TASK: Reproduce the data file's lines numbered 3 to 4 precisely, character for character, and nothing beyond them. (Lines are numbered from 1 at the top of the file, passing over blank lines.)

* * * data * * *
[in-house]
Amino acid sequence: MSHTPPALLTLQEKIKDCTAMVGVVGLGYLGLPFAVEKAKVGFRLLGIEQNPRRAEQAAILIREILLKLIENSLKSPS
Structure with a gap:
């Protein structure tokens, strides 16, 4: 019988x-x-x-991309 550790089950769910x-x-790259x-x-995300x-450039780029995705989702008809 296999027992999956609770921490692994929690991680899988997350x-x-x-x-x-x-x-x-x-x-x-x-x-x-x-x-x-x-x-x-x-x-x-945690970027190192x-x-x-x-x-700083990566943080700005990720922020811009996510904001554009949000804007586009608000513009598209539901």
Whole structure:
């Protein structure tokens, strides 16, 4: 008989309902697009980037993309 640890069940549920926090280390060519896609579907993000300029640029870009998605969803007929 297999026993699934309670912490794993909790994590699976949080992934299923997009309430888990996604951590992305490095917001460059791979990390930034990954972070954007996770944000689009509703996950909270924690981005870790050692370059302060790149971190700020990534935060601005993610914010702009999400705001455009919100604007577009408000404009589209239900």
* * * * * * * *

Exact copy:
Structure with a gap:
């Protein structure tokens, strides 16, 4: 019988x-x-x-991309 550790089950769910x-x-790259x-x-995300x-450039780029995705989702008809 296999027992999956609770921490692994929690991680899988997350x-x-x-x-x-x-x-x-x-x-x-x-x-x-x-x-x-x-x-x-x-x-x-945690970027190192x-x-x-x-x-700083990566943080700005990720922020811009996510904001554009949000804007586009608000513009598209539901």